iPhones and iPads are already on ARM chips and have been since their respective introductions. With ARM chips being introduced in Macs, apps should be able to work on both platforms with much greater ease, with the biggest hurdle likely being simply adjusting for different input methods (touchscreen versus mouse and keyboard). This is fantastic in two ways. First, it means you will likely be better able to grab your iPad on your way out the door and pick up where you left off on your Mac with little to no change in interface or capabilities. Second, it means there will be a greater availability of apps on both platforms, particularly since you will likely be able to run iOS apps on the Mac. 

It Could Strongly Encourage Companies to Reexamine Their Software Code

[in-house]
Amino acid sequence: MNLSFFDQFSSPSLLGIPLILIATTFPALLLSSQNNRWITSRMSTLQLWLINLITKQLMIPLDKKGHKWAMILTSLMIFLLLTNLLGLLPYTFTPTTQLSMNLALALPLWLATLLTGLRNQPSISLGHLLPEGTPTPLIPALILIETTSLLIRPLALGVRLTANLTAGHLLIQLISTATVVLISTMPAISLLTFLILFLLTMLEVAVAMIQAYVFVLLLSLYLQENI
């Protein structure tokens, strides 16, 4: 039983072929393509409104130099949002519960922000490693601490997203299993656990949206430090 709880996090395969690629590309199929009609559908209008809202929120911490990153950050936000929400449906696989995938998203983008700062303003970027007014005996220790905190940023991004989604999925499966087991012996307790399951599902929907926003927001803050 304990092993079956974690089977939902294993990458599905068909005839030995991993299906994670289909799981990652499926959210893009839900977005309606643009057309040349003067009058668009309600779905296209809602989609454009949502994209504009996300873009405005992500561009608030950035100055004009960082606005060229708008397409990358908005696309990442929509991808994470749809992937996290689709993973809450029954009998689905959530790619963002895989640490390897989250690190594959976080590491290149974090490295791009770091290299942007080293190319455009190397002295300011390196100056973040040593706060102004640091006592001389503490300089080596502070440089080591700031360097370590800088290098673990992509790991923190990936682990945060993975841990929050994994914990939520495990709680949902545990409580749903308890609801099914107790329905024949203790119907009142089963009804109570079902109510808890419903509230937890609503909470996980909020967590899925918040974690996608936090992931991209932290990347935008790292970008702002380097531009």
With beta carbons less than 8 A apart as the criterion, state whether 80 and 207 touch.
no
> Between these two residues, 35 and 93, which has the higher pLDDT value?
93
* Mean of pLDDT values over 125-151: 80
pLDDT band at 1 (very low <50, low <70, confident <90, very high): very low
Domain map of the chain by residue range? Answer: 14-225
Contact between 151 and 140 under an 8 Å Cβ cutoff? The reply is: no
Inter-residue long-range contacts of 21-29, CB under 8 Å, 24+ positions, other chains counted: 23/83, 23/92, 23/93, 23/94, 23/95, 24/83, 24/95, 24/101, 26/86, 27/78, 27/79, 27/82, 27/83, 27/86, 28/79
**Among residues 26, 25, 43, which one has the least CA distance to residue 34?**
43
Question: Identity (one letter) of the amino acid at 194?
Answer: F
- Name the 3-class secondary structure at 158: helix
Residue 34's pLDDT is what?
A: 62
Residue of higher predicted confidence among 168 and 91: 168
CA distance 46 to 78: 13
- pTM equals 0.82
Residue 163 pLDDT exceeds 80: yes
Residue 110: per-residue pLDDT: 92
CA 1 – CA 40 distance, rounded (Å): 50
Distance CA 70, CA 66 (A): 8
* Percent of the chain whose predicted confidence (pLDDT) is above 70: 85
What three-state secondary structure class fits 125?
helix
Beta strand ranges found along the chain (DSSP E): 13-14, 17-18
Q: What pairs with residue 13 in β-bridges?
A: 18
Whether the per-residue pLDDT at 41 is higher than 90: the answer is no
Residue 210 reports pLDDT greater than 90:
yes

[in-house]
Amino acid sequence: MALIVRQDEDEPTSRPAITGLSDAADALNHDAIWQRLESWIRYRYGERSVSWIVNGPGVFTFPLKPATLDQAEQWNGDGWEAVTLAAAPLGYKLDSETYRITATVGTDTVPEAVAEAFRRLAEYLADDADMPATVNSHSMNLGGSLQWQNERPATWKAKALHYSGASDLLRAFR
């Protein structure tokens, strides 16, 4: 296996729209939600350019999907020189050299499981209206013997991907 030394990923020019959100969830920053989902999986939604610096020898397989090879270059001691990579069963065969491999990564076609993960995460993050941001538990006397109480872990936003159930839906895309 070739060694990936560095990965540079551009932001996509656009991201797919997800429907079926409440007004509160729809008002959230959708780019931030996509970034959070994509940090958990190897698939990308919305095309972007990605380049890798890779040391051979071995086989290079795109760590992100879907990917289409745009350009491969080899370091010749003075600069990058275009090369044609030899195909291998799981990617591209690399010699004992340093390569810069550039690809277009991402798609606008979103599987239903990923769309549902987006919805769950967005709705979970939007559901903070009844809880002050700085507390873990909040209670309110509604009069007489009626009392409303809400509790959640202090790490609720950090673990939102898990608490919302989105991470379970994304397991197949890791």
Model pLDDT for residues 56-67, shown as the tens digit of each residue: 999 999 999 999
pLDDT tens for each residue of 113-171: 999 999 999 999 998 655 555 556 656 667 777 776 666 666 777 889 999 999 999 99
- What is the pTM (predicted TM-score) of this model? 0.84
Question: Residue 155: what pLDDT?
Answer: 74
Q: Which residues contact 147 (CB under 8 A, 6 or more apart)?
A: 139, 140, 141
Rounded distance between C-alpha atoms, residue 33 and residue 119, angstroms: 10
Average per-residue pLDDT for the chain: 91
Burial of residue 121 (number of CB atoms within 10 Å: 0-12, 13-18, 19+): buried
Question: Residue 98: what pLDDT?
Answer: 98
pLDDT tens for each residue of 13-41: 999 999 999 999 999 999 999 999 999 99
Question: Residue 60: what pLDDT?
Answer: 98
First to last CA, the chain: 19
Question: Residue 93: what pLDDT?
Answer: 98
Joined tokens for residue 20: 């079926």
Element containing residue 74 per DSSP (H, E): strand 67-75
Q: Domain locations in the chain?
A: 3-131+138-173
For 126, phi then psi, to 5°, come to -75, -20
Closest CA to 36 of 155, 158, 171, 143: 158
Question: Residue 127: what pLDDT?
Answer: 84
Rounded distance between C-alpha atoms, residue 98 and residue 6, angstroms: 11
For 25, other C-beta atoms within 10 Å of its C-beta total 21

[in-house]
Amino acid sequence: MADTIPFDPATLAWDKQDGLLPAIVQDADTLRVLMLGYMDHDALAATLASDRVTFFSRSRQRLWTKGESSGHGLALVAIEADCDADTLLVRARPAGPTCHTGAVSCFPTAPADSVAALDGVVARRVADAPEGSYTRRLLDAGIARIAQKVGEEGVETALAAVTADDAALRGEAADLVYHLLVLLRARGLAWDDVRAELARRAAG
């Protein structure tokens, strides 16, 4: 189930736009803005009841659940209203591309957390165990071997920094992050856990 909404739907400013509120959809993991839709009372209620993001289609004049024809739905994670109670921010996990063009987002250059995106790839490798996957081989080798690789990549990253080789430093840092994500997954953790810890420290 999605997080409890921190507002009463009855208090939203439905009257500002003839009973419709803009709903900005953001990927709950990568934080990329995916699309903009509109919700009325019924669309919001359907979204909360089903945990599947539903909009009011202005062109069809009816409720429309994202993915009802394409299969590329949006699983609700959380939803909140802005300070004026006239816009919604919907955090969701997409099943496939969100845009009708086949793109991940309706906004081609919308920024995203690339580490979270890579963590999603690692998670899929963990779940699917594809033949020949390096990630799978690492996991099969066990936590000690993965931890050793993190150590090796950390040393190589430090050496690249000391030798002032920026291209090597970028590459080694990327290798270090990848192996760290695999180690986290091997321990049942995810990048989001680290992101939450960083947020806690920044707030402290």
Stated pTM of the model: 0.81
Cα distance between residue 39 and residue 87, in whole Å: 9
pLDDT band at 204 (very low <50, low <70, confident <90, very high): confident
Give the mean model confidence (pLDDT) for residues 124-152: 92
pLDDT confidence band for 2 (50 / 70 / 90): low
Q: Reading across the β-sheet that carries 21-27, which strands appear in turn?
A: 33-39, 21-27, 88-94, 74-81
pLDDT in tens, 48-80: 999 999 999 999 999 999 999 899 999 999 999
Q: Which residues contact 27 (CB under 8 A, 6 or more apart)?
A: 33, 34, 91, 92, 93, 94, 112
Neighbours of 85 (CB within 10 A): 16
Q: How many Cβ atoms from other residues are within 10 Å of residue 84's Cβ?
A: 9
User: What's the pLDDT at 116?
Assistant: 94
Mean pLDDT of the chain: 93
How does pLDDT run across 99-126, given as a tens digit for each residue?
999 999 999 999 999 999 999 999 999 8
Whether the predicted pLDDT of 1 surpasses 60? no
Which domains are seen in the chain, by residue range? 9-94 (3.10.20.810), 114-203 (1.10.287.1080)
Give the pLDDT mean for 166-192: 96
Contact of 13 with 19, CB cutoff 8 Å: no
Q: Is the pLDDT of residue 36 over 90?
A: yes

It is no secret that apps like Lightroom are bloated and slower than they should be given what they are doing and the hardware they are running on. If you have used Lightroom for the iPad, which was developed from the ground up, you have probably noticed that it is often much, much faster than its desktop counterpart. In fact, given the smoother performance, the great touchscreen performance, and the fantastic screen of the iPad Pro, I actually do the majority of my Lightroom work on my tablet now. The switch to ARM chips could be the impetus companies like Adobe need to rebuild their core apps and modernize them, which could translate to significant performance improvements down the road.

An Instant Performance Improvement Due to ARM64's Architecture

ARM64's architecture has support for twice the number of general purpose registers as x64. These are used to temporarily store data for the processor. Having more of them helps the CPU avoid needing to rely on memory and caches, which means when put up against a comparable x64 architecture, you can expect a performance improvement of around 25%. 

No More Boot Camp